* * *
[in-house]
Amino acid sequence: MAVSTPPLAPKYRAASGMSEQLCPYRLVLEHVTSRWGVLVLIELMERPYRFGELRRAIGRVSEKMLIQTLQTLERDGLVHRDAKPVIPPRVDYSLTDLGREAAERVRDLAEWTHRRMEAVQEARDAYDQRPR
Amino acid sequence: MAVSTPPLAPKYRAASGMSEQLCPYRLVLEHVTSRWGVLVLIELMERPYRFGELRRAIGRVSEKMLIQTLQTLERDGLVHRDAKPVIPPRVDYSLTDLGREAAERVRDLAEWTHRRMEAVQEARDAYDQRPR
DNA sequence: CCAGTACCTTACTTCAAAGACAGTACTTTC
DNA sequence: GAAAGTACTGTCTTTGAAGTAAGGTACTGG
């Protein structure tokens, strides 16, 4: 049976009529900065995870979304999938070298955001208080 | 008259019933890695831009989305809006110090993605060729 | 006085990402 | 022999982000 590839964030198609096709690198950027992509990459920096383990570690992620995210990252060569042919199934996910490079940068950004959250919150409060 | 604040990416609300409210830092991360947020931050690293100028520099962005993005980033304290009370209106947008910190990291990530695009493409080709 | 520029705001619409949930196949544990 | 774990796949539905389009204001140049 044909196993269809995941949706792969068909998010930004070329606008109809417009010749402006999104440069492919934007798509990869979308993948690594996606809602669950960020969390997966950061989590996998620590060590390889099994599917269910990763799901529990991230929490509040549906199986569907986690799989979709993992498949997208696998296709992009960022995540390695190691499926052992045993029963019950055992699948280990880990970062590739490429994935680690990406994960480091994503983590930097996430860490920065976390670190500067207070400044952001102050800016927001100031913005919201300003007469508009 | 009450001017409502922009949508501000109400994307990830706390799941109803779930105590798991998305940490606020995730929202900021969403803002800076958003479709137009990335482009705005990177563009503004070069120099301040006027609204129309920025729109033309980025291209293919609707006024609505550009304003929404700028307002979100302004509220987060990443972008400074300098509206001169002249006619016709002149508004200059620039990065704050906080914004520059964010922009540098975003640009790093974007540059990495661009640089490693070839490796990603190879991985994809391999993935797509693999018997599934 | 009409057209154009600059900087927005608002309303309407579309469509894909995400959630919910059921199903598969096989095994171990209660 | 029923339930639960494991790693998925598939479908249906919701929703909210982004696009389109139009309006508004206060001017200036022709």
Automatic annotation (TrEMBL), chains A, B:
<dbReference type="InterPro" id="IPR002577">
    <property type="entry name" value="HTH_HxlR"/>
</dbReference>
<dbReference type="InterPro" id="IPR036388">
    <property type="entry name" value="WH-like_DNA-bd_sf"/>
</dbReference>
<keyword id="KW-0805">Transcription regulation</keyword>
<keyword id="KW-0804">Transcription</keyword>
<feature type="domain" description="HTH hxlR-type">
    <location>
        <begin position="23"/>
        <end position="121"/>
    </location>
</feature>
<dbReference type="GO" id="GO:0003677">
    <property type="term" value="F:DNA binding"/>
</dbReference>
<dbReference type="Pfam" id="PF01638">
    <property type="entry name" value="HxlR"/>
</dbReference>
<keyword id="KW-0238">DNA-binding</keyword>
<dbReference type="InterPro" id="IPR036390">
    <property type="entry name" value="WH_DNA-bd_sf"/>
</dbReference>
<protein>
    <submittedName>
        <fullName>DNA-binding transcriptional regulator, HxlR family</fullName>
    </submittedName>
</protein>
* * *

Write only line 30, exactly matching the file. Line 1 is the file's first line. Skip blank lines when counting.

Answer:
    <property type="entry name" value="WH_DNA-bd_sf"/>